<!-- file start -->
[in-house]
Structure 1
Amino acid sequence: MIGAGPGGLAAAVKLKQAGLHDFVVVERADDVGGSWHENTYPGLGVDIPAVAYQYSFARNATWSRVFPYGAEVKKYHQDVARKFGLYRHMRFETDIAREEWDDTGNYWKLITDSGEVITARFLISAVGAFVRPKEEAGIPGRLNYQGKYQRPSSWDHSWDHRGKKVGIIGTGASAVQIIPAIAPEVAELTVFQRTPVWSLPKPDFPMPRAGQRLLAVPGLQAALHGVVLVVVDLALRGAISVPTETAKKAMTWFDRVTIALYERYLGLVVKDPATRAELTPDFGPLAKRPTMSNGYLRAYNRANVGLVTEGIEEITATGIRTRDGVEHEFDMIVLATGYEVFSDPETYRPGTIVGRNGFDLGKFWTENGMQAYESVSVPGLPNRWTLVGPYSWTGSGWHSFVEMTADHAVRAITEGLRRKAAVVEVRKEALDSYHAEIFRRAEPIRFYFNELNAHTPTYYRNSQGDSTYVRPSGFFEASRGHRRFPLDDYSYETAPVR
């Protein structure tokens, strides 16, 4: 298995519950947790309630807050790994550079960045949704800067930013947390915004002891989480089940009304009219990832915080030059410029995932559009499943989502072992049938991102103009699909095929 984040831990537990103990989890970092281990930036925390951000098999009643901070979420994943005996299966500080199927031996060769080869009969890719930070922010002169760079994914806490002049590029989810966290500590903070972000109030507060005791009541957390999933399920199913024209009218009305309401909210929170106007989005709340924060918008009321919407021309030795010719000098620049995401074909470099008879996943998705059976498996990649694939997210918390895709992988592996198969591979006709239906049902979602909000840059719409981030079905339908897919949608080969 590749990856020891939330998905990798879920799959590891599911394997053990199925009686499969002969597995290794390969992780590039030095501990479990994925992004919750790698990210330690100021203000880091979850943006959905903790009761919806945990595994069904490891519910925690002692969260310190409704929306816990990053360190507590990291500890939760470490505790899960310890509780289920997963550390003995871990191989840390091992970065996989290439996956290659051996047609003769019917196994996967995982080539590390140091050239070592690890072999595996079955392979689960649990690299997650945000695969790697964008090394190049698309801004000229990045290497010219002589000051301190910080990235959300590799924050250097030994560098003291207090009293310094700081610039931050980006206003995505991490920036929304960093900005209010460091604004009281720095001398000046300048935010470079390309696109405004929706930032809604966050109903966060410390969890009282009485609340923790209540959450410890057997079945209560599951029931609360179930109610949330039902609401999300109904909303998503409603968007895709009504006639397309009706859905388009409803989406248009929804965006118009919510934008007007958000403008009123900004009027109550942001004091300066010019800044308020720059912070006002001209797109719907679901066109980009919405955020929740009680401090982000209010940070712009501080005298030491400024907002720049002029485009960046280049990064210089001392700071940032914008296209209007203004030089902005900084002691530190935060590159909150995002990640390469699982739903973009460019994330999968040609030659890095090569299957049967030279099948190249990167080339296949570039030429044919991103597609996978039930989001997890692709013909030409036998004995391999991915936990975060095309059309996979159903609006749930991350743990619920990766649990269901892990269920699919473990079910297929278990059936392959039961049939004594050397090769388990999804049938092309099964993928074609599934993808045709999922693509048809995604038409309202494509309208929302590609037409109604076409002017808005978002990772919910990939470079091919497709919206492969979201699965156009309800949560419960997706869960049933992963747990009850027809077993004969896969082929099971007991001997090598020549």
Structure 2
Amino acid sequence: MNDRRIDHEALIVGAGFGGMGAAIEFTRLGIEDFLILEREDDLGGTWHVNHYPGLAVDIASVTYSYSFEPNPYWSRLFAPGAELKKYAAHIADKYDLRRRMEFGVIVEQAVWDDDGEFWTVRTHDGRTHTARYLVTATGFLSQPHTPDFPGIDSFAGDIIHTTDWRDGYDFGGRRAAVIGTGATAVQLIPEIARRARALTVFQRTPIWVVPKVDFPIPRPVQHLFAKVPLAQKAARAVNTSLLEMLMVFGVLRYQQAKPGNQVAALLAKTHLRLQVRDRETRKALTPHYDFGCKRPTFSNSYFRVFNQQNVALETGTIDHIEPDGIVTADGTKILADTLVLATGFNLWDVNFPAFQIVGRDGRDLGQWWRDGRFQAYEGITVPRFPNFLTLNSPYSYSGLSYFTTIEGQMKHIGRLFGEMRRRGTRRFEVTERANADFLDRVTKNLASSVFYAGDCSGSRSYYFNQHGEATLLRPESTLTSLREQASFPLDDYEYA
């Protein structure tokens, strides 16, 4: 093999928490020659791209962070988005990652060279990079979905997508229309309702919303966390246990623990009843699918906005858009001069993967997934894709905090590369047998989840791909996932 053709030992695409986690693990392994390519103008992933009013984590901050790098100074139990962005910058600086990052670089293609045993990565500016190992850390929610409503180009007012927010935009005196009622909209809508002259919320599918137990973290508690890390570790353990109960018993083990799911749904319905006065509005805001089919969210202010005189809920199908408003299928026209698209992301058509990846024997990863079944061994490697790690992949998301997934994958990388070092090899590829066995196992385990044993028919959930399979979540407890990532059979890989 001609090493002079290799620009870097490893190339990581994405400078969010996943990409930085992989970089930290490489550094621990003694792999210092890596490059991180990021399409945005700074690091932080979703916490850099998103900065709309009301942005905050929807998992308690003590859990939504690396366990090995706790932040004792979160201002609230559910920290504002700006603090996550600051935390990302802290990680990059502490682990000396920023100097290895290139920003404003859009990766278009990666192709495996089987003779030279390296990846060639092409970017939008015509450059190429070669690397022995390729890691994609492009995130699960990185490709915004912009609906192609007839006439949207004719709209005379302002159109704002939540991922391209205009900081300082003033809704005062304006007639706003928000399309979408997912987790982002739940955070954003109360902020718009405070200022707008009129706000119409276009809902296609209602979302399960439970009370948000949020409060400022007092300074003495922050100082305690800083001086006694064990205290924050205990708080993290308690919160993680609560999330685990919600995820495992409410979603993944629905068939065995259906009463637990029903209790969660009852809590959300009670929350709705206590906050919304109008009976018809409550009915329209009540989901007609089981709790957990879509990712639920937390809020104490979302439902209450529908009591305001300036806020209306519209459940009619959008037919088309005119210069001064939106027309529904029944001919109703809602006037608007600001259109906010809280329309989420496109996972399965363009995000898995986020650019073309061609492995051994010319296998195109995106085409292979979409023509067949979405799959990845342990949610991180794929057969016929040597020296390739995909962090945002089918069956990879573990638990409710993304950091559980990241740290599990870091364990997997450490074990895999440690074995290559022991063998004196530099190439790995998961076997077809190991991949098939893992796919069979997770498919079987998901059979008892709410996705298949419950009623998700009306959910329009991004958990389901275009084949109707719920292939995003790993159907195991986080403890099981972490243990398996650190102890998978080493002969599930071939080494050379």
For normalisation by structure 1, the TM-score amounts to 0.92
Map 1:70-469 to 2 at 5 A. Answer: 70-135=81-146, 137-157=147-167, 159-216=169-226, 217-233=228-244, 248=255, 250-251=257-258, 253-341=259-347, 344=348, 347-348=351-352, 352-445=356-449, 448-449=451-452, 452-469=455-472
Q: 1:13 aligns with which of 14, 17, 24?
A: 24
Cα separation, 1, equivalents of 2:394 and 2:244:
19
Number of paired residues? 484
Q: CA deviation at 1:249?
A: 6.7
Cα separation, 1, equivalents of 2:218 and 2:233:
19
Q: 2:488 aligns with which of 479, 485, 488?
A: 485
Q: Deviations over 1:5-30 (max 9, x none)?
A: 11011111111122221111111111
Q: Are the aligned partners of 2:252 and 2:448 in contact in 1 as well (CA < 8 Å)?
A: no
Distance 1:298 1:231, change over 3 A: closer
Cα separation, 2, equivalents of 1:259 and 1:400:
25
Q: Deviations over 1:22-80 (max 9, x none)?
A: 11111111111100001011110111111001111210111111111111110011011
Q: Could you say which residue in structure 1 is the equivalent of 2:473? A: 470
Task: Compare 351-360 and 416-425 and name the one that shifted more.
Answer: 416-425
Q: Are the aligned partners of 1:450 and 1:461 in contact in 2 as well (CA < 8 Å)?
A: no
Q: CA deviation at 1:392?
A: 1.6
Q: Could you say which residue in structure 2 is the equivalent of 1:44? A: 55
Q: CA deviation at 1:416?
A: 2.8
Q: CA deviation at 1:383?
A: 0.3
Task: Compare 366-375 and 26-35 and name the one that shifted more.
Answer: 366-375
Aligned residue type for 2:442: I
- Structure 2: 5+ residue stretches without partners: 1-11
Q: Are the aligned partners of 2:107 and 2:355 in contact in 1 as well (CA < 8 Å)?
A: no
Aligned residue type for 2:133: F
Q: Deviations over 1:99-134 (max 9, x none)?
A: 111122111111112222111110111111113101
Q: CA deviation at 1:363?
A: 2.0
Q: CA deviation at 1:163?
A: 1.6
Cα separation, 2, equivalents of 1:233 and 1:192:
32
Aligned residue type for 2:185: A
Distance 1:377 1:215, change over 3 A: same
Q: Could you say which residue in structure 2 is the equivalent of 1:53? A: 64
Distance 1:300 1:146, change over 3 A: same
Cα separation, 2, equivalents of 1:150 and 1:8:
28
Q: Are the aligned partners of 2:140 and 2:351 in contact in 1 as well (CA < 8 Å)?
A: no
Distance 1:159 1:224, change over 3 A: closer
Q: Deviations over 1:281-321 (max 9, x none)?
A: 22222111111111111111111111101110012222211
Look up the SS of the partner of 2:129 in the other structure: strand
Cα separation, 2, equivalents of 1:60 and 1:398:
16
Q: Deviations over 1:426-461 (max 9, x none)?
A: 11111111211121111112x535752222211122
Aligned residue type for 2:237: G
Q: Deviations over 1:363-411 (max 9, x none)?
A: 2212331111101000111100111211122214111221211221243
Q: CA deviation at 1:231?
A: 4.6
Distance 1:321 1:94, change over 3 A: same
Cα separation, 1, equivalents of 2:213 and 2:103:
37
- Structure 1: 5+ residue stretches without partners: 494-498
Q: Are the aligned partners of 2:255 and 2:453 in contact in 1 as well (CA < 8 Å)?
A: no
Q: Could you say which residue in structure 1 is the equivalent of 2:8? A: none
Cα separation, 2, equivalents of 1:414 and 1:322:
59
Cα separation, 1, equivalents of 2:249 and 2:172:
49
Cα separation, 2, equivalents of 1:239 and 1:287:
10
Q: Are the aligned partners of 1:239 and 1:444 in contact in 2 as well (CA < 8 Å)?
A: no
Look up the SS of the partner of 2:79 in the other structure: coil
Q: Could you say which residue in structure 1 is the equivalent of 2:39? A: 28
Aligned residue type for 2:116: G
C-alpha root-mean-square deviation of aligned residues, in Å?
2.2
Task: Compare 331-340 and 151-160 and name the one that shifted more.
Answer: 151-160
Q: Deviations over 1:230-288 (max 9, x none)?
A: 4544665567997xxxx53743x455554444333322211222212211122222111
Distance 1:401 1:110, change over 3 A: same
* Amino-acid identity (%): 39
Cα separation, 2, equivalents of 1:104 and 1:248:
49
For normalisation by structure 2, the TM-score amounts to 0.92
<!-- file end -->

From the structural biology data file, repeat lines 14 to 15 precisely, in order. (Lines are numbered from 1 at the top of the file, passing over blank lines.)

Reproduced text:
Number of paired residues? 484
Q: CA deviation at 1:249?